Consumers are gaining confidence in the idea that they could do nearly all of their shopping online. In a new report [sample], GfK found that more than half (52%) of US consumers believe they can shop online for almost 100% of the products or services they need, up from 48% feeling that way last year.
As online shopping continues to grow, particularly during the current pandemic, shopping via social media appears to be picking up steam. GfK’s survey shows that close to one-fifth of US consumers have shopped online either by using the “buy” button on social media (18%) or by clicking a shoppable post or story on a social network (16%). This is up from 13% and 12% of shoppers, respectively, who said the same in 2019.
While the report does note that the US is slightly below the global average when it comes to using the “buy” button and clicking on a shoppable post, US advertisers might be well-advised to target the youngest generation of shoppers for these social media shopping behaviors. Looking at results by age group, the report indicates that the share of 15-22-year-olds who engage in either of these shopping behaviors is about double that of the general population, with 37% using the “buy” button and 30% clicking on a shoppable post.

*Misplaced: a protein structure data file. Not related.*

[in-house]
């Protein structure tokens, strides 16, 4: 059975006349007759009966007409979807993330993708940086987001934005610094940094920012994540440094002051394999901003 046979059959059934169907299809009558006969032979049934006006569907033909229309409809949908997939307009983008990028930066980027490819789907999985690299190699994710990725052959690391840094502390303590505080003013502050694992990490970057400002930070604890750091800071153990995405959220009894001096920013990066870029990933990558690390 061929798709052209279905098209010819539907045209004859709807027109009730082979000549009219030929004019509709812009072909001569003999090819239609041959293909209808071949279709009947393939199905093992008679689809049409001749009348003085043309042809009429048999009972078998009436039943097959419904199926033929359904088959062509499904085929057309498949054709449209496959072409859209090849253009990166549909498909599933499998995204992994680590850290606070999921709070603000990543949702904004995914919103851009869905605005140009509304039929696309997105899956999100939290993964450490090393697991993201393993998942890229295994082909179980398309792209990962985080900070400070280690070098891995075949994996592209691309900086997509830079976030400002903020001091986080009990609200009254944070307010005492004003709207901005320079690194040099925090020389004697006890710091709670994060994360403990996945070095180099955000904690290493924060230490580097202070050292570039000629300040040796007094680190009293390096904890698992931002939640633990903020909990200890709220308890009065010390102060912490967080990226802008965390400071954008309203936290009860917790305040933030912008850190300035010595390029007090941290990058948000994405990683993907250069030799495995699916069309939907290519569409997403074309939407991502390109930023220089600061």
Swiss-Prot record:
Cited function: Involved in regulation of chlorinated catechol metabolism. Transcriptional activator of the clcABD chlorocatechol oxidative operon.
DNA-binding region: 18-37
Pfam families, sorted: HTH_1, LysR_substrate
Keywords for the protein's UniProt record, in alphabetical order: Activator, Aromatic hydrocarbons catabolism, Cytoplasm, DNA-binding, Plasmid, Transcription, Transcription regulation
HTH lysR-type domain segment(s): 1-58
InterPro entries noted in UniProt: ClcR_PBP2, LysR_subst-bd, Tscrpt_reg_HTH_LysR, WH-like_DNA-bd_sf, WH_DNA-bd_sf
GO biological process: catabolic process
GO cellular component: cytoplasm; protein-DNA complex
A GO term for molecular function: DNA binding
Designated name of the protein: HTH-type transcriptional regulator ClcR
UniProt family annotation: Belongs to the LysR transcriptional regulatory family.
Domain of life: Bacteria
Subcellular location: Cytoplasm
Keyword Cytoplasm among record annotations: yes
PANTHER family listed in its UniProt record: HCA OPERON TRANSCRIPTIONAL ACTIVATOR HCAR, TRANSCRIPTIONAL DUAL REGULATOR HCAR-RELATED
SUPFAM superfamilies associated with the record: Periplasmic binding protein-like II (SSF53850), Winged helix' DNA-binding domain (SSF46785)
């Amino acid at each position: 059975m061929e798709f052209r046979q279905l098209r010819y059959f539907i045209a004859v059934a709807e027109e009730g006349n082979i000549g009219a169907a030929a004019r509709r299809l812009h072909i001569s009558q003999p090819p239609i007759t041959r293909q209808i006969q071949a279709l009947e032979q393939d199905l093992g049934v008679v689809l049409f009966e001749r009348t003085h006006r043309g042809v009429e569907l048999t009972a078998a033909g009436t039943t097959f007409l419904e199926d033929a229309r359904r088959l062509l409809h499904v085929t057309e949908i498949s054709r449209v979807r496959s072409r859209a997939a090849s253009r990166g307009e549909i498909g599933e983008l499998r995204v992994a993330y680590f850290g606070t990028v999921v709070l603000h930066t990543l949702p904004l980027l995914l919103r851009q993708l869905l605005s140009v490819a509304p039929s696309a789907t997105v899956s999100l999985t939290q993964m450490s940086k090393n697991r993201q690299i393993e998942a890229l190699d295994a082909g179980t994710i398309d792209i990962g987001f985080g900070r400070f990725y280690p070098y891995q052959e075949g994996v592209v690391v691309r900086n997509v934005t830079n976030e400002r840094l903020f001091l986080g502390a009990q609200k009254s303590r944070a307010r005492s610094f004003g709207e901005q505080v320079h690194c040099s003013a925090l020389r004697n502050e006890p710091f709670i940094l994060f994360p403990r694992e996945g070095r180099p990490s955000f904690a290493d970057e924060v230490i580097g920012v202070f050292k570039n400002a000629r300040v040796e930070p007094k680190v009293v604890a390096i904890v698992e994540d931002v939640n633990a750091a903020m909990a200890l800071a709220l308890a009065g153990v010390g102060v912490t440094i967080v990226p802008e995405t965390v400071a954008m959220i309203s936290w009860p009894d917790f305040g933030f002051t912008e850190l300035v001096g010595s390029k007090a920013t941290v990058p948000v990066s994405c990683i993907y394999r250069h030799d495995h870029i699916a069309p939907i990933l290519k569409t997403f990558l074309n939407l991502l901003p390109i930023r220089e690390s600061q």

In the past, consumers were apprehensive about shopping via social media, mostly due to fears about security and privacy. In general, younger shoppers are the least likely to be worried about the security of their personal information when they shop online, with 45% expressing concern compared to 50% of Millennials and 66% of Gen X. They are also more likely than older generations to share news of their purchases on social media and review products online.
A sample of the US results from the study can be found here.
About the Data: Findings are based on the GfK FuturyBuyⓇ 2020, a January-March 2020 survey of 25 countries (n=1,000 per country).